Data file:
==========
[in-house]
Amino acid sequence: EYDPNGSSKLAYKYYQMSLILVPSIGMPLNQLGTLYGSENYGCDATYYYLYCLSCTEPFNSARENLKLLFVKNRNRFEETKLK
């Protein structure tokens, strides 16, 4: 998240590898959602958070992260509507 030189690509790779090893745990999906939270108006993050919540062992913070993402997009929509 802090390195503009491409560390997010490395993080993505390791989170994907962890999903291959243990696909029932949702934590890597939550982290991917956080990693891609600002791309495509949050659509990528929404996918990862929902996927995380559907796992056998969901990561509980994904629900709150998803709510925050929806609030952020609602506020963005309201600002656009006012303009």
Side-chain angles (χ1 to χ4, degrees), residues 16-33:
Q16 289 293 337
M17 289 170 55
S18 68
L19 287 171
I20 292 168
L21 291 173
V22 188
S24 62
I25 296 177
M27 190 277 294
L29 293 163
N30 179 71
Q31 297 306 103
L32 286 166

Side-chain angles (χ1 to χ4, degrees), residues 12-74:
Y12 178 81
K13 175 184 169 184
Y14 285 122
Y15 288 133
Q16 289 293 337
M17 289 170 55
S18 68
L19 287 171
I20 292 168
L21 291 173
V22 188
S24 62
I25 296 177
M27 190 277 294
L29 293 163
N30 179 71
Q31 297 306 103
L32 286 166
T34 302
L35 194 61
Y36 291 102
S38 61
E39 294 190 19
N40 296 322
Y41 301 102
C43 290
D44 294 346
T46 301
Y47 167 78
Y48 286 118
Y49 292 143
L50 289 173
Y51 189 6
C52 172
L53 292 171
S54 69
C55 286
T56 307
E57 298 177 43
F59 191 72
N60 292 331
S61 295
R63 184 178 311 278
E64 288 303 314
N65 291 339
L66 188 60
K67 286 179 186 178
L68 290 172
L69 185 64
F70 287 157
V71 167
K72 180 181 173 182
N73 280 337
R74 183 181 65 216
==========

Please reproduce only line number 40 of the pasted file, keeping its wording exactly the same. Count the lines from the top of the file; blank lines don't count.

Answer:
Y36 291 102